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Reaping the Harvest of Vatican II


A New Self-understanding
A Key Moment in History
Work to Be Done


Even though Vatican II is a past event (1962-65), we have yet to appreciate fully how it continues to help the Church’s members live and preach the Good News of Jesus Christ.

In his opening address, Pope John XXIII told the bishops that the Council’s greatest concern was that “the sacred deposit of Christian doctrine should be guarded and taught more efficaciously.”

He quickly explained, “The substance of the ancient doctrine of the deposit of faith is one thing, and the way in which it is presented is another.”

The pope sharply warned against “prophets of doom” who were always forecasting disaster yet acted as though they had learned nothing from history, which he described as “the teacher of life.”

Two days later the bishops accepted ownership of the Council when, instead of rubber-stamping the prepared lists of commission members, they nominated those to be elected.


A New Self-understanding

During the Council’s first session, the bishops decided that the documents on divine revelation and on the Church needed major revision.

The October 1962 chapter titles for the document on the Church reflect a very defensive approach: nature of the Church militant, members of the Church militant and its necessity for salvation, bishops and priests, residential bishops, religious life, laity, magisterium, authority and obedience in the Church, relations between Church and State, preaching the Good News to all peoples and, finally, ecumenism.

After two major revisions and extended debate, Lumen Gentium (LG or the Dogmatic Constitution on the Church) was approved on November 21, 1964. Its eight chapters address the mystery of the Church, the People of God, hierarchy, laity, the universal call to holiness, religious life, the pilgrim Church and its union with the heavenly Church, plus a final chapter on Mary, Mother of God. Ecumenism had become a separate document.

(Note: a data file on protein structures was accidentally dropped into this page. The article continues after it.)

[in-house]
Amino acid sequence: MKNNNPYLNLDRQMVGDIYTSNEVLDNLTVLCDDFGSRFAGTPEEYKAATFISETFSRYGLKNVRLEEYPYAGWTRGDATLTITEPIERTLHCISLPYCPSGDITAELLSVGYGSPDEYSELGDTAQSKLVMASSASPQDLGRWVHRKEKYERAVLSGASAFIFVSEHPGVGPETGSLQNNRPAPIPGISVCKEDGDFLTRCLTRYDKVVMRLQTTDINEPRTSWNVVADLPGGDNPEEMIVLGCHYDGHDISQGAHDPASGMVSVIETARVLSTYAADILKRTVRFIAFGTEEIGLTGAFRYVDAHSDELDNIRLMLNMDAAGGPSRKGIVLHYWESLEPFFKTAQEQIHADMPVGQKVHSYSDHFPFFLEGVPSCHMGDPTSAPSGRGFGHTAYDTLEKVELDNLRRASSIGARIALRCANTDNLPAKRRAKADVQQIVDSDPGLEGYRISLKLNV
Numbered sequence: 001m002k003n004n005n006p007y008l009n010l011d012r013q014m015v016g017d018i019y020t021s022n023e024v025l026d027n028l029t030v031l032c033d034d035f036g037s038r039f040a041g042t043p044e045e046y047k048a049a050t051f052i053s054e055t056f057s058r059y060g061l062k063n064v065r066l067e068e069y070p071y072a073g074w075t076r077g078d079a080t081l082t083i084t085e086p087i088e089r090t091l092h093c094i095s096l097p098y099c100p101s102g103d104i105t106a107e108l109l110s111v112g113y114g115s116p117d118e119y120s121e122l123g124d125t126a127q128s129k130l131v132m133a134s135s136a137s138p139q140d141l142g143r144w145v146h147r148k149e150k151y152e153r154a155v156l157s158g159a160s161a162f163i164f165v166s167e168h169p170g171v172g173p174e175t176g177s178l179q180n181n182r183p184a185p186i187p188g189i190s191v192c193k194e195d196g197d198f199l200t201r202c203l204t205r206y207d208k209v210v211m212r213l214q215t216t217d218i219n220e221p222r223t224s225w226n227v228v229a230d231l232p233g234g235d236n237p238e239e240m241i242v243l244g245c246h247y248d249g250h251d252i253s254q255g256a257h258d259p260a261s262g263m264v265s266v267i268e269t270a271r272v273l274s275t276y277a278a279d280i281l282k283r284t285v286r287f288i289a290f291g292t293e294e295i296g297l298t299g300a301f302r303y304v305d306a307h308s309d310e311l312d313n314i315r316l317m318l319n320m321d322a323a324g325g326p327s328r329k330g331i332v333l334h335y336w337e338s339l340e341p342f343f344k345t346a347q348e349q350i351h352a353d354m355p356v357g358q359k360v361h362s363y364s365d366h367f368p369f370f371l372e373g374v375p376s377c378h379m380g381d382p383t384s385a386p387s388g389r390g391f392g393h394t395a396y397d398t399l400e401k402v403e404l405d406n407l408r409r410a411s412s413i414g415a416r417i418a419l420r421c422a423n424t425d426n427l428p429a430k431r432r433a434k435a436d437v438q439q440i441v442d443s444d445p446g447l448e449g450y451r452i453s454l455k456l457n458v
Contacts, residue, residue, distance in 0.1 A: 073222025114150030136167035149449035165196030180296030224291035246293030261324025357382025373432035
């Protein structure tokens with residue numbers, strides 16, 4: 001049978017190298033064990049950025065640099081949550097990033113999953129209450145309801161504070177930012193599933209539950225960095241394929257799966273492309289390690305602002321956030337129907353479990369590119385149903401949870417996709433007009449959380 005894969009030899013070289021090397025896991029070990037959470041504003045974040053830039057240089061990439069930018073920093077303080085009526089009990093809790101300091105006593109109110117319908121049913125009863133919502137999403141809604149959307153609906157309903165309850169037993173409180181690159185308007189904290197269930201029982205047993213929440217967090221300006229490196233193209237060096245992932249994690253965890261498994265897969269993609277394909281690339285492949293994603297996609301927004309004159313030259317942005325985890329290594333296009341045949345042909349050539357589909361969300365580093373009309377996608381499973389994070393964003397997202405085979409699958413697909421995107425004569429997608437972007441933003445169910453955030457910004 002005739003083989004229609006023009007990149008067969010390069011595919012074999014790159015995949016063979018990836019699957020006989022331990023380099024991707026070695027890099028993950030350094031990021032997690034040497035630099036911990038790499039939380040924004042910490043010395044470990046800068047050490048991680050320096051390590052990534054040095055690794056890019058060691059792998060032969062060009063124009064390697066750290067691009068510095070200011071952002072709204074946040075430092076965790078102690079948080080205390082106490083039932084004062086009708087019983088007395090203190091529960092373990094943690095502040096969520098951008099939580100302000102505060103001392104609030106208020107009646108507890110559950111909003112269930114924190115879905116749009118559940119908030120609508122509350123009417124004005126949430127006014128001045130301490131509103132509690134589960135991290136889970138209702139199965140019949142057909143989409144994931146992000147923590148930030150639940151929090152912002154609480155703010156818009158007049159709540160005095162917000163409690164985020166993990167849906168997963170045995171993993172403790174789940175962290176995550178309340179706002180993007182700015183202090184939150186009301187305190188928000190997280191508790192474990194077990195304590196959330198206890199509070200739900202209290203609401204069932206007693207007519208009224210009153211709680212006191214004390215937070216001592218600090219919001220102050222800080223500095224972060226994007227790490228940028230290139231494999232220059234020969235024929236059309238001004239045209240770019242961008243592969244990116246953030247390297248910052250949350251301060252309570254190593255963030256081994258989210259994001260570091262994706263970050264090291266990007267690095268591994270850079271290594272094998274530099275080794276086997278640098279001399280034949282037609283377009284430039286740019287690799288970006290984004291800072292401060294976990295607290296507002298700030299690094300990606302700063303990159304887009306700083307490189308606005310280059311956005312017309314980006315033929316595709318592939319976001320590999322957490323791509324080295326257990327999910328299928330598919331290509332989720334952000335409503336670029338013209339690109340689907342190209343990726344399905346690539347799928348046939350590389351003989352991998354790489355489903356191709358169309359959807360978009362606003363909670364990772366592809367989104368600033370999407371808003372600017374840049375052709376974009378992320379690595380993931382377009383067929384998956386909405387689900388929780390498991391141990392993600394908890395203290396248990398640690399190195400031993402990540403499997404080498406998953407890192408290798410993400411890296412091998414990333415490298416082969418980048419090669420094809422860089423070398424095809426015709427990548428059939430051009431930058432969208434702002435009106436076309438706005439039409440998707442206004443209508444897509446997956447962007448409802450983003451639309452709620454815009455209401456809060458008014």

A great deal of thought and discussion went into these changes, especially LG’s admission that the Church, “clasping sinners to its bosom, at once holy and always in need of purification, follows constantly the path of penance and renewal” (#8).

During the first session, bishops called for a statement addressing the Church’s relations with the modern world. Gaudium et Spes (GS or the Pastoral Constitution on the Church in the Modern World) was approved on December 7, 1965, and addressed conscience, freedom, atheism, marriage, culture, economic life, politics, warfare, plus many other issues.

A free exchange of ideas served the Church well during Vatican II and did not cause the scandal of disagreement that some people had feared.

A Key Moment in History

Vatican II’s first session began only 17 years after World War II ended. During that interval, 45 African, Middle Eastern and Asian nations gained independence from their colonial rulers. Nuclear annihilation had become a possibility, as the Cuban missile crisis (October 22-28, 1962) demonstrated.

Although Vatican II had wider global representation than any previous ecumenical council, bishops from “mission” countries were still mostly from Europe or North America.

John XXIII’s visit to Assisi shortly before the Council opened was big news. By Vatican II’s close in December 1965, Pope Paul VI had visited Israel, Jordan, India, plus a one-day trip to New York City where he urged the United Nations General Assembly: “No more war. War never again!”

Work to Be Done

Vatican II spoke of the pilgrim People of God, of the Church as being on a journey and of our need to grow as disciples of Jesus Christ.

Such language invites us to develop a maturing faith. There is still plenty of work to do. For example, Catholics can:

¦ have liturgies that better reflect the “full, conscious and active” participation of those present (see the Constitution on the Sacred Liturgy, #14).

¦ keep learning about the Scriptures and allowing themselves to be fed by God’s word (see the Dogmatic Constitution on Divine Revelation, #21).

¦ fully embrace their responsibilities in this world, even though they are already citizens of heaven (see GS, #43).

¦ fight any temptation to make the liturgy a “feel good” experience that strokes them yet never calls them out of their comfort zones. God is much more than our “buddy.”

The world synod of bishops could yet become the consultative body that Pope Paul VI and the bishops at Vatican II envisioned. Parish councils and diocesan councils can better reflect the Church as a “communion” that shares in the life of God the Father, Son and Holy Spirit.

Are the Church’s “prophets of doom” more strident now than they were in 1962? We are a much more polarized Church than we were 40 years ago.

No single group is responsible for the Church’s problems since 1965. No clique “hijacked” the Council or is now systematically “betraying” its vision.

Perhaps G.K. Chesterton’s line about Christianity in general applies to Vatican II: “It was not tried and found wanting but rather found difficult and not tried.”

Our faith journeys must continue. In that sense, the Council is both a past and a future event. We are far from reaping all it has to offer.—P.M.

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